I hear the word thrown around a lot in election years. Ads on TV tell me that this candidate supports my values, and that the other guy is actively working to destroy them. His opponent presents his views the same way. How do either of them know what MY values are? Sometimes I think they’re just assuming, and other times, I think they’re trying to manipulate them, that somehow by making the ads strong enough, I’ll be convinced to change whatever my values are to match theirs.

I also hear companies throwing the word around, implying essentially the same things. “We value the same things you do, and the competition is just out for your money like the greedy, hungry dogs they are!”

Well, it’s not that bad, but you get the idea…

Values-based marketing, then, is when a company’s promotions and advertising is directly connected to some kind of perceived belief system. You see it all around. It could be a Christian bookstore, or a health-food store. It could be the vending machine that says that it donates half the profits to the Boys and Girls Clubs. It’s the company that sells flags in election years, the store that sells yellow ribbons in wartime.

Values-based marketing can be a very effective tool, in the long run, for marketing your products. If, and that’s a big IF, it’s done right. Here are some things to keep in mind:

1. Identify your audience

One of the problems I have with the political campaigns, especially, is that the ads blast out to everyone, and assume that my values match theirs. When that’s not the case, it comes across as criticism, like they’re insulting my values. The truth is, that I’m simply not one of their audience. If you don’t identify your audience first, you can end up alienating a lot of people and the very least, wasting a lot of advertising effort and money. Know who you’re looking for.

2. Identify their values

Once you know who they are, you need to know what their beliefs are. If you’re going to connect your products with those beliefs, it’ll be difficult without knowing them. How does that group feel about themselves, their families, the world? What is important to them?

3. Compare your own values to your audience’s

If you’ve picked your product and your business based on your own passions and interests, then you’ll find that when you do the first two steps, you, yourself, are a part of your audience. If that’s the case, then you’re in a good position to market to their values, because you share them. You’re connected to them. You live them yourself. This will also make you more believable.

If you check your own list of values against that of your audience, and you discover that they clash, you might want to reconsider using values and beliefs as a part of the marketing process. You might want to use other strategies.

4. Show how your products enhance their ability to live their values

This is the essence of benefits-driven advertising. When you do your promotions, your websites, your ads, your press releases, you want to focus on how your products or services will enhance your customer’s ability to live their values. For example, if your audience values education for children, then science kits and books might be promoted to show how that will help your children learn. Point out how educational video games are better than shoot-em-ups.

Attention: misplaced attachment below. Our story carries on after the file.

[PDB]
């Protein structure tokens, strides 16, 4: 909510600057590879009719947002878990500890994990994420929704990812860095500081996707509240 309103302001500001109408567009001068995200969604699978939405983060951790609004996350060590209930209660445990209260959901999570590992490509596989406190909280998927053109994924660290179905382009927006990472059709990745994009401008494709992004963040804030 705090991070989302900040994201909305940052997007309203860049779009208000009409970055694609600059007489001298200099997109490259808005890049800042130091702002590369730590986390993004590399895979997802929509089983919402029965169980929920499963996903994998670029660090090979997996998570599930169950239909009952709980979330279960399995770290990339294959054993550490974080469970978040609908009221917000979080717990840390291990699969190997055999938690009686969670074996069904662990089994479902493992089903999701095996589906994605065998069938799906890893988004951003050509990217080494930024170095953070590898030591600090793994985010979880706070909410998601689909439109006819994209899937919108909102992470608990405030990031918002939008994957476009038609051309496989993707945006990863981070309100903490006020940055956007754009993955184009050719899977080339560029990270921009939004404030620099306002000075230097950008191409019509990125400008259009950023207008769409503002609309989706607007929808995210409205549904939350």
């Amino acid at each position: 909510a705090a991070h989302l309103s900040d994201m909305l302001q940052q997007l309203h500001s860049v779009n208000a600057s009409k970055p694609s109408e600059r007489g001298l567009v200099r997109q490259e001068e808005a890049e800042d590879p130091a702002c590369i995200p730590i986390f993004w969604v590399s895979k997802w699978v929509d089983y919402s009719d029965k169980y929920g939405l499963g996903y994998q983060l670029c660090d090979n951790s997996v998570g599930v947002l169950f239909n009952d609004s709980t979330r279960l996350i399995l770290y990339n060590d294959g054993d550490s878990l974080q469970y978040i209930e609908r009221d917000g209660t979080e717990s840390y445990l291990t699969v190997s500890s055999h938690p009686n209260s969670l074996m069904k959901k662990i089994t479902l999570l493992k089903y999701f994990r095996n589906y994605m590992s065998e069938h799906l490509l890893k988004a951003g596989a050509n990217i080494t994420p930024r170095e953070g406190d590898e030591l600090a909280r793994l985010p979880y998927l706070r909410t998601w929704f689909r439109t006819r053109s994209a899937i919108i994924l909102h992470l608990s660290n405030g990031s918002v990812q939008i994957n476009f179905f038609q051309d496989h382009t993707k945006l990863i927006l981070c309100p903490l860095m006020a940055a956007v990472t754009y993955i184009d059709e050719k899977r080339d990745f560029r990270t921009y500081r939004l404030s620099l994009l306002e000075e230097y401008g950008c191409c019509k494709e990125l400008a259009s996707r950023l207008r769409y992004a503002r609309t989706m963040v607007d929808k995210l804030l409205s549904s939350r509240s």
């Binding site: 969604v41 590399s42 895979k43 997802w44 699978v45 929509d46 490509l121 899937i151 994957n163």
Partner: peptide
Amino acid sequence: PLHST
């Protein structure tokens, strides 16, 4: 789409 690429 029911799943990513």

5. Use Charitable Giving Carefully

A very easy way to appeal to values is to promise a portion of the proceeds go to a particular charity. If you do this, make sure to contact the charity and see if they have any policies for that. In essence, by tying in to their name, you are implying an endorsement. Also, when I see signs like that, the skeptic in me always wonders what actual percentage of what I pay goes to the charity. It might not be a bad idea to be a little more specific.

Also, it helps if the recipient charity is in some way relevant and related to the topic of the site. You should at the very least choose a charity that impacts your audience. Is your audience women? Then maybe breast cancer research. Christians? There are a huge number of churches and Christian charities. You get the idea.

6. Avoid insincere exploitation.

People aren’t stupid. They can spot insincerity, and it will impact your business. If you followed through with steps 1, 2, and 3, it will show in your promotions. Otherwise, you’ll be seen as someone just trying to make a fast buck off of someone else’s kindness and faith.

7. Carry on in the face of criticism

Even if you ARE sincere, there will be those who doubt your motives and will criticize you. Others who oppose your beliefs may try to distract you and derail you. But if you are committed to your values, carry on, and you’ll succeed not only in business, but in fulfilling your values in your life. And that’s a powerful place to be.